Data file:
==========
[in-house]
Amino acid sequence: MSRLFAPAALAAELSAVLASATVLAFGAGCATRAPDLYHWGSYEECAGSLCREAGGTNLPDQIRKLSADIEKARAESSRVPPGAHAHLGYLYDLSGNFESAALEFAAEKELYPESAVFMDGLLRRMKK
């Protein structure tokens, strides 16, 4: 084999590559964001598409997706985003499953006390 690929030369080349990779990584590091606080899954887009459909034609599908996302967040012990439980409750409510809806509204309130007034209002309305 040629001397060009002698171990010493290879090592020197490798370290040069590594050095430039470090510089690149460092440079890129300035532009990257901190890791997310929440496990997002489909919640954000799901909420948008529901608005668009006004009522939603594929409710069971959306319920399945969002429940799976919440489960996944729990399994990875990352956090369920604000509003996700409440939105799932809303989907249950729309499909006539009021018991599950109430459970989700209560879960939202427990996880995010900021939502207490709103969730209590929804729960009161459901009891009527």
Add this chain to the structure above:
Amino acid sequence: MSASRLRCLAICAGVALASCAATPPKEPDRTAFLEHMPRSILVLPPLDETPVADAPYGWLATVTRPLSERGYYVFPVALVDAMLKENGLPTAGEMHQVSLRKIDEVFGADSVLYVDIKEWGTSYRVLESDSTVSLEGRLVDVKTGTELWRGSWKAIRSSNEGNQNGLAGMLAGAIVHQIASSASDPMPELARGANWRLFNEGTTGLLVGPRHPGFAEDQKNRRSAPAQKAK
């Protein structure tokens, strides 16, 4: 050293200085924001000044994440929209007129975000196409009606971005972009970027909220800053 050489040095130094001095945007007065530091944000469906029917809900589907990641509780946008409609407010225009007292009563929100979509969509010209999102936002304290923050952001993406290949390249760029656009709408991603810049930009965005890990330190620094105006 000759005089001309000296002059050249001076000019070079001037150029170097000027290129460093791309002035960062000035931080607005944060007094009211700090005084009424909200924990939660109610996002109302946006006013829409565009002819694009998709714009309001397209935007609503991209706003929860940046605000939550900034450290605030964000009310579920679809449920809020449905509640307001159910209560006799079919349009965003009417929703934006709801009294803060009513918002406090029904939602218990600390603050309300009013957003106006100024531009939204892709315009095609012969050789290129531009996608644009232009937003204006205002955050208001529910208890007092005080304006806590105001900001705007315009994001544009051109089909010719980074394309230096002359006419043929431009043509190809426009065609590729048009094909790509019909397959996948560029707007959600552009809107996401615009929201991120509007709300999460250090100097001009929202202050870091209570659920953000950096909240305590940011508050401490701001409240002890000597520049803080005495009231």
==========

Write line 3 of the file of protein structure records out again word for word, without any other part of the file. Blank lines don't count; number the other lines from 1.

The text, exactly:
């Protein structure tokens, strides 16, 4: 084999590559964001598409997706985003499953006390 690929030369080349990779990584590091606080899954887009459909034609599908996302967040012990439980409750409510809806509204309130007034209002309305 040629001397060009002698171990010493290879090592020197490798370290040069590594050095430039470090510089690149460092440079890129300035532009990257901190890791997310929440496990997002489909919640954000799901909420948008529901608005668009006004009522939603594929409710069971959306319920399945969002429940799976919440489960996944729990399994990875990352956090369920604000509003996700409440939105799932809303989907249950729309499909006539009021018991599950109430459970989700209560879960939202427990996880995010900021939502207490709103969730209590929804729960009161459901009891009527």